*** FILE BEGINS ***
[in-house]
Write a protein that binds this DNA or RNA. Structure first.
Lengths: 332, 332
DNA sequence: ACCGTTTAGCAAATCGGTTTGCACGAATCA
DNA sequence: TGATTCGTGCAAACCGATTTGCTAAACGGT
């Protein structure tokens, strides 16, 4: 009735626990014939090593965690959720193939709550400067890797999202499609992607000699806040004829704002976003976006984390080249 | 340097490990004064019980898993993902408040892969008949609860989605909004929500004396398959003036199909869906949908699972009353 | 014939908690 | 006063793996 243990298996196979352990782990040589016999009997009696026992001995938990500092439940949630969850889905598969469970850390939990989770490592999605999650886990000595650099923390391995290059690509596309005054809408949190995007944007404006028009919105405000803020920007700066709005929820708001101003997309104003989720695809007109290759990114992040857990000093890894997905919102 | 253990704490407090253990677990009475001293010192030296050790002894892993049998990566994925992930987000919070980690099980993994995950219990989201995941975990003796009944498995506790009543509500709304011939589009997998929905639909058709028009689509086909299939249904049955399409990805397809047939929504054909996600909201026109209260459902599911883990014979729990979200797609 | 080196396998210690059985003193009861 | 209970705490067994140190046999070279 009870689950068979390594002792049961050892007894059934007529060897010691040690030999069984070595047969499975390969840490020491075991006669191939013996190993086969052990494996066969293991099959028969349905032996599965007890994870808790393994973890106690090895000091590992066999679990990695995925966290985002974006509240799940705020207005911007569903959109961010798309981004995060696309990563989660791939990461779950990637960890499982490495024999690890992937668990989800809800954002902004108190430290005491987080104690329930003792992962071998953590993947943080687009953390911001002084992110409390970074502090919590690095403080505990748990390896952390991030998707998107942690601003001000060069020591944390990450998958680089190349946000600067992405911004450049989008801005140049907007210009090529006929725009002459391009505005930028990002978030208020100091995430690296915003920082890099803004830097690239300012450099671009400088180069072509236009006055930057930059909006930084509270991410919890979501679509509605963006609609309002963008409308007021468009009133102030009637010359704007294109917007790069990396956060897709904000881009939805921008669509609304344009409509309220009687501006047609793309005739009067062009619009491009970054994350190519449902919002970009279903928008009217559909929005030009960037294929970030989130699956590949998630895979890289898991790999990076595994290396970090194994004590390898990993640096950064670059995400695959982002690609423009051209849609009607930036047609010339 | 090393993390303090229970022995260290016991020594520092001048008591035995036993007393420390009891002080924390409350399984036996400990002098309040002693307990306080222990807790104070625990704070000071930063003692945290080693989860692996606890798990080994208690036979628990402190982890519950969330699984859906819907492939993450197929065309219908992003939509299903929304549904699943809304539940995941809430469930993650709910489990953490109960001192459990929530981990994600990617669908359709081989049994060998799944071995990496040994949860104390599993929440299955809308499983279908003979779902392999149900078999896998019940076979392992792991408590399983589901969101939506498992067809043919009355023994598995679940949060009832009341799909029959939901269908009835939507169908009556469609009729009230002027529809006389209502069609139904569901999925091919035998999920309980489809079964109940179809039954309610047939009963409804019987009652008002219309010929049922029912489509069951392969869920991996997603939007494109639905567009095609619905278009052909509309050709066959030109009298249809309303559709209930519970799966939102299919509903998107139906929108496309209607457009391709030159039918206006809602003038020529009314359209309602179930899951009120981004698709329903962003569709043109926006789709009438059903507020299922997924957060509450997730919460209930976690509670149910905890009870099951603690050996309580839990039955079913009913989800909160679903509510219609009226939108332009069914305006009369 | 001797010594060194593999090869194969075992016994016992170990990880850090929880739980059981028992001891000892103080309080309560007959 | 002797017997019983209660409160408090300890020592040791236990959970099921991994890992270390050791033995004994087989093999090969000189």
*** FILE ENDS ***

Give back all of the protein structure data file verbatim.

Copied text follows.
[in-house]
Write a protein that binds this DNA or RNA. Structure first.
Lengths: 332, 332
DNA sequence: ACCGTTTAGCAAATCGGTTTGCACGAATCA
DNA sequence: TGATTCGTGCAAACCGATTTGCTAAACGGT
């Protein structure tokens, strides 16, 4: 009735626990014939090593965690959720193939709550400067890797999202499609992607000699806040004829704002976003976006984390080249 | 340097490990004064019980898993993902408040892969008949609860989605909004929500004396398959003036199909869906949908699972009353 | 014939908690 | 006063793996 243990298996196979352990782990040589016999009997009696026992001995938990500092439940949630969850889905598969469970850390939990989770490592999605999650886990000595650099923390391995290059690509596309005054809408949190995007944007404006028009919105405000803020920007700066709005929820708001101003997309104003989720695809007109290759990114992040857990000093890894997905919102 | 253990704490407090253990677990009475001293010192030296050790002894892993049998990566994925992930987000919070980690099980993994995950219990989201995941975990003796009944498995506790009543509500709304011939589009997998929905639909058709028009689509086909299939249904049955399409990805397809047939929504054909996600909201026109209260459902599911883990014979729990979200797609 | 080196396998210690059985003193009861 | 209970705490067994140190046999070279 009870689950068979390594002792049961050892007894059934007529060897010691040690030999069984070595047969499975390969840490020491075991006669191939013996190993086969052990494996066969293991099959028969349905032996599965007890994870808790393994973890106690090895000091590992066999679990990695995925966290985002974006509240799940705020207005911007569903959109961010798309981004995060696309990563989660791939990461779950990637960890499982490495024999690890992937668990989800809800954002902004108190430290005491987080104690329930003792992962071998953590993947943080687009953390911001002084992110409390970074502090919590690095403080505990748990390896952390991030998707998107942690601003001000060069020591944390990450998958680089190349946000600067992405911004450049989008801005140049907007210009090529006929725009002459391009505005930028990002978030208020100091995430690296915003920082890099803004830097690239300012450099671009400088180069072509236009006055930057930059909006930084509270991410919890979501679509509605963006609609309002963008409308007021468009009133102030009637010359704007294109917007790069990396956060897709904000881009939805921008669509609304344009409509309220009687501006047609793309005739009067062009619009491009970054994350190519449902919002970009279903928008009217559909929005030009960037294929970030989130699956590949998630895979890289898991790999990076595994290396970090194994004590390898990993640096950064670059995400695959982002690609423009051209849609009607930036047609010339 | 090393993390303090229970022995260290016991020594520092001048008591035995036993007393420390009891002080924390409350399984036996400990002098309040002693307990306080222990807790104070625990704070000071930063003692945290080693989860692996606890798990080994208690036979628990402190982890519950969330699984859906819907492939993450197929065309219908992003939509299903929304549904699943809304539940995941809430469930993650709910489990953490109960001192459990929530981990994600990617669908359709081989049994060998799944071995990496040994949860104390599993929440299955809308499983279908003979779902392999149900078999896998019940076979392992792991408590399983589901969101939506498992067809043919009355023994598995679940949060009832009341799909029959939901269908009835939507169908009556469609009729009230002027529809006389209502069609139904569901999925091919035998999920309980489809079964109940179809039954309610047939009963409804019987009652008002219309010929049922029912489509069951392969869920991996997603939007494109639905567009095609619905278009052909509309050709066959030109009298249809309303559709209930519970799966939102299919509903998107139906929108496309209607457009391709030159039918206006809602003038020529009314359209309602179930899951009120981004698709329903962003569709043109926006789709009438059903507020299922997924957060509450997730919460209930976690509670149910905890009870099951603690050996309580839990039955079913009913989800909160679903509510219609009226939108332009069914305006009369 | 001797010594060194593999090869194969075992016994016992170990990880850090929880739980059981028992001891000892103080309080309560007959 | 002797017997019983209660409160408090300890020592040791236990959970099921991994890992270390050791033995004994087989093999090969000189």